When I was seven years old I won first prize on the Morris B. Sachs Amateur Hour, a local ABC television production in my hometown of Chicago. I sang "Chocolate Ice Cream Cone" and I wore my Bluebird uniform since the contestants on the show were all Camp Fire Girls. My award was a cash payment of $75 and a Gruen wristwatch engraved on the back "First prize winner, Morris B. Sachs Amateur Hour, 1950." When I returned to the show to compete with finalists from the the show's winners for the entire season, I lost. It must not have disappointed me too much. Throughout my life I still entered all kinds of contests and competitions, some of which I won and some of which I lost. I was a finalist for homecoming queen but not voted into the court. I lost every year I tried out for cheerleading except one year in middle school. In my senior year I won the lead role in my school musical but only after several rejections in prior years. And on and on.
They say that to be a writer you have to have a tough skin. I can attest to that. I have a drawer full of rejections. But I've had some successes too of which I am very proud.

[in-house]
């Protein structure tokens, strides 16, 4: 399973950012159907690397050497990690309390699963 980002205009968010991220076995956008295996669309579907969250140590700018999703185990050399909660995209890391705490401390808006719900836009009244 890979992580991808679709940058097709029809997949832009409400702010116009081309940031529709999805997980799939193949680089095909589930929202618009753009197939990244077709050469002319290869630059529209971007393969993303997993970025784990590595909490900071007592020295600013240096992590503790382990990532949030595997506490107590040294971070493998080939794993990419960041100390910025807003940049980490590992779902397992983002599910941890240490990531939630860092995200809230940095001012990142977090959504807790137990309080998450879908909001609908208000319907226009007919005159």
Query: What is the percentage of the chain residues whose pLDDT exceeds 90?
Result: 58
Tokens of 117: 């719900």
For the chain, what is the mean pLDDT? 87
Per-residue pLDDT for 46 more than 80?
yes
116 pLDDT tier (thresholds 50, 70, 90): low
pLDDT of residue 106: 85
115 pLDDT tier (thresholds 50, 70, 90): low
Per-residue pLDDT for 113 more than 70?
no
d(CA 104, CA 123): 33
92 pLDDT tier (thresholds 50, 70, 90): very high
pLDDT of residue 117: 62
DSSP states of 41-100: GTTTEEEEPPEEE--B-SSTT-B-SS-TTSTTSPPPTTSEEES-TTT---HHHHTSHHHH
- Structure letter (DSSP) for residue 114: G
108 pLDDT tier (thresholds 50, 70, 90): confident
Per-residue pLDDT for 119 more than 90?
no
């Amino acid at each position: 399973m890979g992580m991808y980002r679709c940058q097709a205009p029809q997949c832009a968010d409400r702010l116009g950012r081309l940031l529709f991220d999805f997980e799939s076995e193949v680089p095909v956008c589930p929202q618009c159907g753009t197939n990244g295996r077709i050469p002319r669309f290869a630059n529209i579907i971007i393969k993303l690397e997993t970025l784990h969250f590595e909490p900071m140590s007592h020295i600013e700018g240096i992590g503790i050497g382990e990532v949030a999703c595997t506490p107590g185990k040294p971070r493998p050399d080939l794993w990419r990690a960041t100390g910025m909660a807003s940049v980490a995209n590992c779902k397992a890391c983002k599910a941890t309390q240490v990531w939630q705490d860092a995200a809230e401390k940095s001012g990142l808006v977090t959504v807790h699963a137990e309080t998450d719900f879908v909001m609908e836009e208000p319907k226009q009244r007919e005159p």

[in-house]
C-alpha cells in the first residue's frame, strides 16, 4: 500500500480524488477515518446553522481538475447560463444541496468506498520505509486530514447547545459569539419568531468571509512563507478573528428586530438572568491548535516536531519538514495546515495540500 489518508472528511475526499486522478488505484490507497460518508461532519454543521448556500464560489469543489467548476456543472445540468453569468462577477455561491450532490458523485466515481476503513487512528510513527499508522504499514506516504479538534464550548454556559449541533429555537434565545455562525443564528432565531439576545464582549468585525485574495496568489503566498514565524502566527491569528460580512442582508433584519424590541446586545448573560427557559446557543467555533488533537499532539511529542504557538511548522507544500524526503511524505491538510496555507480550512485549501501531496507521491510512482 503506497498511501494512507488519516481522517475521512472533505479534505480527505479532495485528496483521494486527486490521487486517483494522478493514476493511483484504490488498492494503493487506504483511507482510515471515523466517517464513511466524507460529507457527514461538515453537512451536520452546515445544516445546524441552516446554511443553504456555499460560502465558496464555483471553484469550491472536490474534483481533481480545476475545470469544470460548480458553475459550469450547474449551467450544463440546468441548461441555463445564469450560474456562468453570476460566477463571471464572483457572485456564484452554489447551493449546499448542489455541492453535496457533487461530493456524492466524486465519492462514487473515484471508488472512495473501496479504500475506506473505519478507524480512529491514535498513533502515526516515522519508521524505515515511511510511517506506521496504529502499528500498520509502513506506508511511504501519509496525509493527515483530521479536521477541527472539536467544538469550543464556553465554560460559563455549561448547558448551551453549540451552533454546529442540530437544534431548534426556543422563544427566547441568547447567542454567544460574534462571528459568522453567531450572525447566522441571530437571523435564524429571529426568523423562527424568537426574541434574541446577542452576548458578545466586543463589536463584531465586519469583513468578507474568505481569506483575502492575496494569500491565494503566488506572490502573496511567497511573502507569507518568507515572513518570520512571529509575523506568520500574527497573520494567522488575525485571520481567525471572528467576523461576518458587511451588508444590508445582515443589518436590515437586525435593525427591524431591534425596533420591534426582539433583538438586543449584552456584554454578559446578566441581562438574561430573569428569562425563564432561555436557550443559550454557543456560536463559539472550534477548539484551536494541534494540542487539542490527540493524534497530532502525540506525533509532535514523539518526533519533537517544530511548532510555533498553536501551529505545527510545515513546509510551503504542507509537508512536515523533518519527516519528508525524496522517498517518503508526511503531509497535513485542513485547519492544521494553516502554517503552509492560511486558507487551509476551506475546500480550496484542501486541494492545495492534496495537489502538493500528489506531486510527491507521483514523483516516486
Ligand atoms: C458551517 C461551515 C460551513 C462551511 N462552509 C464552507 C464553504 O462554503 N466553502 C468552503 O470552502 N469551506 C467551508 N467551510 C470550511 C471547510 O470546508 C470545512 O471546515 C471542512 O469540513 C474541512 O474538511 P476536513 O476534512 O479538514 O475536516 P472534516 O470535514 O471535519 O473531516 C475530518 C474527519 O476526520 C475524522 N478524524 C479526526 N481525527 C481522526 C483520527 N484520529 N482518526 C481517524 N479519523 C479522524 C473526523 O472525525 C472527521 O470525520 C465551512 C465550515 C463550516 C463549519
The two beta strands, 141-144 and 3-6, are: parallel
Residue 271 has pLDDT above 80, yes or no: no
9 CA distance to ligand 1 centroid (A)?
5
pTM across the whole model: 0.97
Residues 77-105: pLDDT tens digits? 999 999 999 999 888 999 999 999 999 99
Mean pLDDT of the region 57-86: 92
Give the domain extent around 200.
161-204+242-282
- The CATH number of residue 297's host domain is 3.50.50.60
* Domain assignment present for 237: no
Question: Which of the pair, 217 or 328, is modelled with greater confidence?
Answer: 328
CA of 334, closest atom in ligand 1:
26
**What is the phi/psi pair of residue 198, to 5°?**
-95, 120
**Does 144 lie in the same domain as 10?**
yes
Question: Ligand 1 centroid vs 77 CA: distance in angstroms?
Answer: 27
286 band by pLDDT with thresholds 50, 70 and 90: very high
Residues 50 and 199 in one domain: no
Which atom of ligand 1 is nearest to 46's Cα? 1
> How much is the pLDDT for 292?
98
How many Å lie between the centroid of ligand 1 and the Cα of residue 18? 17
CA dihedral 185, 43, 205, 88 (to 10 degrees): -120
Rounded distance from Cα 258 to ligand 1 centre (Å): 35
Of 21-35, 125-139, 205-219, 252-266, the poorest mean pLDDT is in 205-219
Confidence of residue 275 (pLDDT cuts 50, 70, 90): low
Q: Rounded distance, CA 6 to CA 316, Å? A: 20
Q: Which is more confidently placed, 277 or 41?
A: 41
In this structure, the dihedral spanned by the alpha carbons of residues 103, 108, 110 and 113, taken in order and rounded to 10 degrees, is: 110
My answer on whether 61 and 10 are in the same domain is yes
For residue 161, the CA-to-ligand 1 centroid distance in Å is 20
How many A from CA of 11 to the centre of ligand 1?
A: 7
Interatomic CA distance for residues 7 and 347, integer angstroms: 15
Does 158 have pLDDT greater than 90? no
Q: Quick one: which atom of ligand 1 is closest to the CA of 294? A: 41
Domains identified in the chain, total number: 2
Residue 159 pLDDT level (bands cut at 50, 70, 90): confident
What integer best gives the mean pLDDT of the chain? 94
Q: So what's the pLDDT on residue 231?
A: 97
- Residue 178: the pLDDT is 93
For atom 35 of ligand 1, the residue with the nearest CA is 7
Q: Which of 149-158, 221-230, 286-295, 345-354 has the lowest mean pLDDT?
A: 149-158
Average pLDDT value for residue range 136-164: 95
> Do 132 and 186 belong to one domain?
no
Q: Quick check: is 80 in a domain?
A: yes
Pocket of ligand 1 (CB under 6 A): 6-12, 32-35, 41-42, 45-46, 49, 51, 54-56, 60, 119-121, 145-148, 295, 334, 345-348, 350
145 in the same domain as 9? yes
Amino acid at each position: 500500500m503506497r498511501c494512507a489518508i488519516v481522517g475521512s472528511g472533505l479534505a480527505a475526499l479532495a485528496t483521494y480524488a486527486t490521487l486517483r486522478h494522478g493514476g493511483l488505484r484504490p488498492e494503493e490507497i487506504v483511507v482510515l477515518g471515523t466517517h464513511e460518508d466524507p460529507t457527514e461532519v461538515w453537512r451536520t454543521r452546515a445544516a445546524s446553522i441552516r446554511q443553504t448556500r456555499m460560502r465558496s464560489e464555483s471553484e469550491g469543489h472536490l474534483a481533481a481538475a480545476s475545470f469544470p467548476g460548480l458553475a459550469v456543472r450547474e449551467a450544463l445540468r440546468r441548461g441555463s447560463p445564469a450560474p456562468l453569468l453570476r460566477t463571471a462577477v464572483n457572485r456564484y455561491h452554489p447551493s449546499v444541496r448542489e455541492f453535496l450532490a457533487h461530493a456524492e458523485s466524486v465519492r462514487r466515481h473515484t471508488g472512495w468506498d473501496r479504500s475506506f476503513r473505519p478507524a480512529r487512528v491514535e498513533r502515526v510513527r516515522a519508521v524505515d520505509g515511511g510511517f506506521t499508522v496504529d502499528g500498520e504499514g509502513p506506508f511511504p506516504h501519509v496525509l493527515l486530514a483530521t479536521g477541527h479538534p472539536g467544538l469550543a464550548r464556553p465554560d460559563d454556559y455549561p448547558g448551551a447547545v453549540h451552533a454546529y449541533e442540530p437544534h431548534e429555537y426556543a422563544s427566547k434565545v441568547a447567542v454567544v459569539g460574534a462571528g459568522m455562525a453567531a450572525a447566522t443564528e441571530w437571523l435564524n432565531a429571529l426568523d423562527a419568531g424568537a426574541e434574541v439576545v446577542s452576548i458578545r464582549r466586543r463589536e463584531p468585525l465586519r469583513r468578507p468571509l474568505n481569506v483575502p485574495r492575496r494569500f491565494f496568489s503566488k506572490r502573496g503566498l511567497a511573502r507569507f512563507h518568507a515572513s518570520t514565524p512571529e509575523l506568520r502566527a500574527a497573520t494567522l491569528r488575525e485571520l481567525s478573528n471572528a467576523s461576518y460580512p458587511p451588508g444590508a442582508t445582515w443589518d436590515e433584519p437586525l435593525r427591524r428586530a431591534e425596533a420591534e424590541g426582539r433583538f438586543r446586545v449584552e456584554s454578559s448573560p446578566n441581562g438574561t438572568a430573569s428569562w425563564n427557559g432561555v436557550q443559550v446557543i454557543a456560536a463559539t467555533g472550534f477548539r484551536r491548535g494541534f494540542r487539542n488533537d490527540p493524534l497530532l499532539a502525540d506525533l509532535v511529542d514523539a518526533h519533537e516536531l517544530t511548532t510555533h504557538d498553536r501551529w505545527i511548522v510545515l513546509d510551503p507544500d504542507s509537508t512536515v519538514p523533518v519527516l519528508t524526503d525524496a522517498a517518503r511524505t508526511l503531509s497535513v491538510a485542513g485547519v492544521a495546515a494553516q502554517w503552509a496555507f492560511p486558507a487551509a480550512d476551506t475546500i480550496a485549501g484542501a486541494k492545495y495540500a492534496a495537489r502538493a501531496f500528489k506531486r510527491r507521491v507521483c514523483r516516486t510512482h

In my old age, I am still entering contests and over the past year submitted three applications for my writing. I was chosen to be a finalist in one category. The winner is still to be announced. I have to admit that I was disappointed that I did not win in at least one of the other two categories, but I've learned through the years "you win some and you lose some." My husband's favorite saying is one by Winston Churchill that goes "Success is going from failure to failure without loss of enthusiasm."
Mimi Pockross is the author of three books, most recently Pulling Harvey Out of Her Hat: The Amazing Story of Mary Coyle Chase.
Find out more about her at mimipockross.com